As a Nebraska fan, I say the bigger, meaner, and the successful are welcome. I'm not rooting for a bunch of cry baby pansies. I'm sick the season always being called a "rebuilding year". If some big fat ass from Kansas can help, get it done!!!!!

pussygalore 11 years, 11 months ago

As a Nebraska fan, I say the bigger, meaner, and the successful are welcome. I'm not rooting for a bunch of cry baby pansies. I'm sick the season always being called a "rebuilding year". If some big fat ass from Kansas can help, get it done!!!!!

Husker_Nation402 11 years, 11 months ago

I have personally always been a fan of Mangino, despite his size (which has nothing to deal with his work ethics and determination, he is a master mind for an offensive. He knows how to run one, and he coached damn well. Our defense obviously is well disciplined, but that is something our offense lacks a lot of. Its time for a change and this change couldn't be any better with going into the Big 10. I mean he put a Kansas high against us, besides the fact we were still being ran by a poor coached Callahan, he still did it. He is the best fit for our team. Period. Besides, Watson has had plenty of time to shine. The only time he has shined is against some teams that haven't had great performances and a bowl game last year., and he folded right along with our offense on games that meant a ton to us. He folds under pressure and is not a great example to our players nor our program. Expect to see a great team again on the 30th, but remember, look what he has shown all year. We had WAY more talent this year that didn't get used, IE Burkhead in the wildcat that should have been used more against OU, Brockmeyer (SP?), the replacement for Niles Paul, that is a senior and has made an incredible impact on our receiving team that we have needed all year. A bunch of talent that was not used that killed us.

ydoow53 11 years, 11 months ago

Anybody see the Boise State coach grab his player by the shoulder pads during their bowl pregame activities and back him him down real quick-- all the while in his face verbally--all on national TV. Wouldn't be surprised if the pansy KU fans aren't calling for him to be fired. Bet he gets fired--not!!! Gool luck Coach Mangino whereve you land!!

danmoore 11 years, 11 months ago

Coaching wise Mangino would be a great fit but I can't see it happening. Pelini is already on the president's s### list and hiring a known hot head is too risky.

Next year will be the first time in my life I will be rooting for the cobs. Big 10 is the most over rated football conference in the country and I would like to see a former Big 12 team put their arrogant fans in their place.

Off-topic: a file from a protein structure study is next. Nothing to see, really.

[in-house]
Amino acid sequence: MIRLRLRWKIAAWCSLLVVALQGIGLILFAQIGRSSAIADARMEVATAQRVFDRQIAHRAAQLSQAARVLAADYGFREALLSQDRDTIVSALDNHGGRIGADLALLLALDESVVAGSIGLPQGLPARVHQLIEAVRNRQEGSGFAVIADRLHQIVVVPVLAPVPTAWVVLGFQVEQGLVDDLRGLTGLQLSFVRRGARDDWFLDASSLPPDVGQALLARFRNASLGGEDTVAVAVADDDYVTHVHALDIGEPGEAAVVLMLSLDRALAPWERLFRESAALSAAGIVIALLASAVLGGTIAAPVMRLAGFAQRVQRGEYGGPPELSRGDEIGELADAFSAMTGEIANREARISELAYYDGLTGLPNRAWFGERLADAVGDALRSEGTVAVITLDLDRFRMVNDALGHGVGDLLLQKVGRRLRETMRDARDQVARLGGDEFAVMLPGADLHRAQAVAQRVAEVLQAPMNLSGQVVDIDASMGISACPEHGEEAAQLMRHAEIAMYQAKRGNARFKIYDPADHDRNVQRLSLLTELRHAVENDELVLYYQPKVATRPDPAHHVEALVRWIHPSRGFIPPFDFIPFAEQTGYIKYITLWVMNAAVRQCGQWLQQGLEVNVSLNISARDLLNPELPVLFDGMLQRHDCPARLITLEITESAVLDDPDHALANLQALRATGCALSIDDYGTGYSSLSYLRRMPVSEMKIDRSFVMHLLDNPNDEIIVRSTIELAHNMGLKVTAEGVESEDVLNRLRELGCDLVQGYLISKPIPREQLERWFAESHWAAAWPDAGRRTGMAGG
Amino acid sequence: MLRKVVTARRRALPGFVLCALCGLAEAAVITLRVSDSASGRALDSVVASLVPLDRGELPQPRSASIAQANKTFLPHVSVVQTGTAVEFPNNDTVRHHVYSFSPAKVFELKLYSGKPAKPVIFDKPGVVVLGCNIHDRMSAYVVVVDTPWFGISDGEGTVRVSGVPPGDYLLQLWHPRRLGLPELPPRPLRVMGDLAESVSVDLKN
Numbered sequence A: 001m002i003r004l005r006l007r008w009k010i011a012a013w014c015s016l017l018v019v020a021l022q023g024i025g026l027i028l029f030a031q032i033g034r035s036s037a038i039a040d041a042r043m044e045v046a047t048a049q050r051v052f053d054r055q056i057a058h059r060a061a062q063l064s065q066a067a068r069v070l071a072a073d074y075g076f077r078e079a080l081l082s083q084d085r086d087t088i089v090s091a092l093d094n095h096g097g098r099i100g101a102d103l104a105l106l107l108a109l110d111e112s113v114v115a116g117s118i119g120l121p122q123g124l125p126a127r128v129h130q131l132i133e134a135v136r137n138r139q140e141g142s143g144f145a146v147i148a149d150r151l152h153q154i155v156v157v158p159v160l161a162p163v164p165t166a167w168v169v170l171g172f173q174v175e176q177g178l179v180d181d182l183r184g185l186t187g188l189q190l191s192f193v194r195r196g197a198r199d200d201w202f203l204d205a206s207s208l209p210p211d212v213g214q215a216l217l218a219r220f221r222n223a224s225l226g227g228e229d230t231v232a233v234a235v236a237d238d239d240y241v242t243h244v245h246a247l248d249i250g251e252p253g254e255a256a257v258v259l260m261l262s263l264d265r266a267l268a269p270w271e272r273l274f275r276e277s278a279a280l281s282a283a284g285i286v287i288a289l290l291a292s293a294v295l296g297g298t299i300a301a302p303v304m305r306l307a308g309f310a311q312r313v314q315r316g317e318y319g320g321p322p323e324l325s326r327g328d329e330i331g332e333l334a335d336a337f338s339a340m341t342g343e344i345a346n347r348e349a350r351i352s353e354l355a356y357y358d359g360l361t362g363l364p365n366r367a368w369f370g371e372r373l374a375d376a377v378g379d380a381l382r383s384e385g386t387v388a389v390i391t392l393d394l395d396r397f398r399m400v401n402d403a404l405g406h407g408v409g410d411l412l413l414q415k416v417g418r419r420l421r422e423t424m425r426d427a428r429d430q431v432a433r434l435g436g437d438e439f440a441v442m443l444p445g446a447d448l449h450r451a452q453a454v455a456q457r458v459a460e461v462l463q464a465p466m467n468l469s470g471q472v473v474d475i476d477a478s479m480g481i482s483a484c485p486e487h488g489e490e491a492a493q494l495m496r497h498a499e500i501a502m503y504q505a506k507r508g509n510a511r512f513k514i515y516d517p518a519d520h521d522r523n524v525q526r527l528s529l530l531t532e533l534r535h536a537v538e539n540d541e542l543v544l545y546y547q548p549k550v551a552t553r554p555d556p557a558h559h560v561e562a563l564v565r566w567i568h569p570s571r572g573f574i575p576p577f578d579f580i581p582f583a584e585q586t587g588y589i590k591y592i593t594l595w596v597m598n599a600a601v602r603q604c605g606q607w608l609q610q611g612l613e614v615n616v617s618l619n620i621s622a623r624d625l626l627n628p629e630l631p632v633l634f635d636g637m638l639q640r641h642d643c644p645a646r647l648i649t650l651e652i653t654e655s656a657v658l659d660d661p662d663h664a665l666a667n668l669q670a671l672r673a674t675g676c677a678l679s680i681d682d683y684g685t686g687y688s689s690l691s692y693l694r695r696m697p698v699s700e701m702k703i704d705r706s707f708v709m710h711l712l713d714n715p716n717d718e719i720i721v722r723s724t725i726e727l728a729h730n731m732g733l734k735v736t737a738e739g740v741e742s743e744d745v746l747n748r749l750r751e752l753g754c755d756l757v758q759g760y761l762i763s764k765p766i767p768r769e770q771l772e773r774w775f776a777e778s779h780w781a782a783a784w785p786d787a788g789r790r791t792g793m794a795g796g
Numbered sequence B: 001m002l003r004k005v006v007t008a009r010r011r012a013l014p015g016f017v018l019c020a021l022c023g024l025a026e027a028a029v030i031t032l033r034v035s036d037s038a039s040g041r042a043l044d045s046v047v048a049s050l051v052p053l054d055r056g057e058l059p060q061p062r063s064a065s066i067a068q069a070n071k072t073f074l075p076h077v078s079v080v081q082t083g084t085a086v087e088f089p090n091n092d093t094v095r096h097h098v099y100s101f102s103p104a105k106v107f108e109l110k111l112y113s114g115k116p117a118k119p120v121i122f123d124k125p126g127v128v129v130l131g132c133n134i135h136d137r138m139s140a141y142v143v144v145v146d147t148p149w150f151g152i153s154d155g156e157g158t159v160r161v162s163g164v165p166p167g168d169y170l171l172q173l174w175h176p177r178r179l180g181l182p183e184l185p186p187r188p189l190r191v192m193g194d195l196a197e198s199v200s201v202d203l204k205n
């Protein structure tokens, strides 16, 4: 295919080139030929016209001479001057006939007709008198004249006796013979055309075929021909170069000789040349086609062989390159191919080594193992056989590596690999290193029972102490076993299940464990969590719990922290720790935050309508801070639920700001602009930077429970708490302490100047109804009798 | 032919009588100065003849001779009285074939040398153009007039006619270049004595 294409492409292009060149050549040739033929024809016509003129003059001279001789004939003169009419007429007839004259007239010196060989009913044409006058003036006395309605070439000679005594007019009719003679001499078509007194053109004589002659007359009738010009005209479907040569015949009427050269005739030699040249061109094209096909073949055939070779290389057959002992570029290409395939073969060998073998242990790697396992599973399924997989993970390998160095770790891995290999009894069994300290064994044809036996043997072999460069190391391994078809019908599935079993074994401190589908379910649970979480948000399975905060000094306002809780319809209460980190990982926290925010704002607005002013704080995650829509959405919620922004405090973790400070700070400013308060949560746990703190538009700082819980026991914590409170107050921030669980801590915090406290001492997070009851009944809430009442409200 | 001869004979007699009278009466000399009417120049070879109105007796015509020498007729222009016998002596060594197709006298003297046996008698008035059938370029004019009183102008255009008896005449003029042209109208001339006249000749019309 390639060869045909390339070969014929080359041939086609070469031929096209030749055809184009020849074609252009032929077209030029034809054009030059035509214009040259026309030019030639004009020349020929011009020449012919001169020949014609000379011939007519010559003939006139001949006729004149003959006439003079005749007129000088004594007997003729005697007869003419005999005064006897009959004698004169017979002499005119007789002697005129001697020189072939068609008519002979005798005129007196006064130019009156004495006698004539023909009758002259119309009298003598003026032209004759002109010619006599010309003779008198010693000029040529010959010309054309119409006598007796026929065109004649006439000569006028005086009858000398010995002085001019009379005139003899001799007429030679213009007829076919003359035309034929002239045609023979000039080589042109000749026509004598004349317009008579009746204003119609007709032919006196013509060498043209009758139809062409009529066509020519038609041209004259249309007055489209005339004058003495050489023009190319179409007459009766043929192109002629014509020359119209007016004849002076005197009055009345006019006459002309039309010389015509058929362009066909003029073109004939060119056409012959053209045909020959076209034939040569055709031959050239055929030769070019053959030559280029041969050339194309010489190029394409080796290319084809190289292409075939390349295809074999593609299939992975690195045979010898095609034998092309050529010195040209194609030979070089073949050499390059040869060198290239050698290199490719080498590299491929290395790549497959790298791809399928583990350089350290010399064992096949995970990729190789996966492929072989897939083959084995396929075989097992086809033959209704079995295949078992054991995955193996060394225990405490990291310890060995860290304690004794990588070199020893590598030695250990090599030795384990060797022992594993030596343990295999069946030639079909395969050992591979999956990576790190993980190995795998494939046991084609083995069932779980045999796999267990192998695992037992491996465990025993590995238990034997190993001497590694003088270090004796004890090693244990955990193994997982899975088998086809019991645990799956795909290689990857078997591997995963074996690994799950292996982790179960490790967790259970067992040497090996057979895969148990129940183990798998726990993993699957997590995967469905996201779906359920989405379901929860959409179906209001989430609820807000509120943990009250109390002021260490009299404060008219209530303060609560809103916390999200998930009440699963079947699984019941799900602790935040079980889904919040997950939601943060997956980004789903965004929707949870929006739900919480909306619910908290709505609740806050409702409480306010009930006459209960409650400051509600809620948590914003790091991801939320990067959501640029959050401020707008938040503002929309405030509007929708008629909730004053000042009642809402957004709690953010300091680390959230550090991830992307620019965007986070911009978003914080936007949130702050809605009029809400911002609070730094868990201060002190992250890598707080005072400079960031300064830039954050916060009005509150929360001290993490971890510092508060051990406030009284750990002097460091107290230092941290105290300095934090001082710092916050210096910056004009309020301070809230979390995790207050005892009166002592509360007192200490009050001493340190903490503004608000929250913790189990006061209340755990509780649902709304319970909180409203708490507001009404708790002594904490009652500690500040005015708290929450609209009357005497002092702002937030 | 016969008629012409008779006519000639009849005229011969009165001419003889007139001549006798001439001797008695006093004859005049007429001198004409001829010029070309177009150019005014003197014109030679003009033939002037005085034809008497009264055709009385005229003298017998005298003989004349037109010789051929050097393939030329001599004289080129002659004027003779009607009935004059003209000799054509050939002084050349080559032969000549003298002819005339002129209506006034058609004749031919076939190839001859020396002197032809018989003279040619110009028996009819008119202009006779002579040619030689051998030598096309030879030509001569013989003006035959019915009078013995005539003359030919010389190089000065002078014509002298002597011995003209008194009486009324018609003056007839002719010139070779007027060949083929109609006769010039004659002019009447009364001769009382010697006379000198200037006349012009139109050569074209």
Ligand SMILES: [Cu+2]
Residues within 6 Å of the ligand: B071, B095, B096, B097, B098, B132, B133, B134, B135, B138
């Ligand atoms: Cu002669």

texashawk10 11 years, 11 months ago

Mangino would be a bad fit at Nebraska. It's nothing personal against him, but his playcalling style would be a huge clash with the talent Nebraska currently has. Mangino is not a big fan of running the football, does not use the Wildcat at all (I can't be the only person who thought Kerry Meier running the Wildcat would've made KU's offense even more explosive), and would not make any adjustments in his gameplan.

For all of the Mangino defenders out there, is 3 winning seasons out of 8 really something you want to hang your hat on and brag about. Glen Mason had 4 winning years in 9 seasons at KU which is a better % than Mangino, yet I haven't seen anybody yearning for the "good ol' days" of Glen Mason to come back to Lawrence. I'm not the biggest Gill fan out there although I want him to succeed because that means KU will succeed, and I don't really care what Mangino said to players during practice because every coach has their own style for motivating other players and each can be successful, but to say someone who had 3 winning seasons out of 8 is the best a BCS school can do is just ridiculous.

hawk82 11 years, 11 months ago

Mark Mangino was a lawsuit or three waiting to happen. Count on it. Staff, players - all were potential legal threats for KU. He had to go.

Good luck Nebraska. Hire a good lawyer if/when you hire the Big Man.

yates33333 11 years, 11 months ago

He made a pretty good fit at KU until some fanatics got him fired.

cowboy 11 years, 11 months ago

Keegan out to lunch as usual , perhaps you should move to Nebraska and join Pellini. Mangino not only failed on the field but off as well. You cannot abuse folks and keep a high profile job , plain and simple. His wrath was strewn across the hill at players , coaches , and the little people that work daily at KU. Any org doing a cursory background check would run as fast as possible away from this guy.

packywacky88 11 years, 11 months ago

Mangino lost his job when he gave away a victory to Missouri. You can be as mean or nice as you want, but if you call a game as bone headed as he did the last series against MU, they you are gone.

Kirk 11 years, 11 months ago

His goose was cooked before the Misery game....and he knew it.

danmoore 11 years, 11 months ago

It's a bottom line business. If you win you can be abusive, your players can get arrested, and there can be academic improprities. Show me a coach whose players graduate, stay out of trouble, treats his players well but loses more than he wins and I'll show you an unemployed coach.

crazyhawksfan 11 years, 11 months ago

Man i wish we still had mangino he could outcoach Gill on his worst day!

Bear86 11 years, 11 months ago

Keegan, Who Fn cares whether Mangina would be a good fit for NU. This is KU Try writing some thing pertinent for a change. I appreciated what Mangina did for KU Football but he is gone. Get the message?? F-Texas!!! & this stupid irrelevant article!!!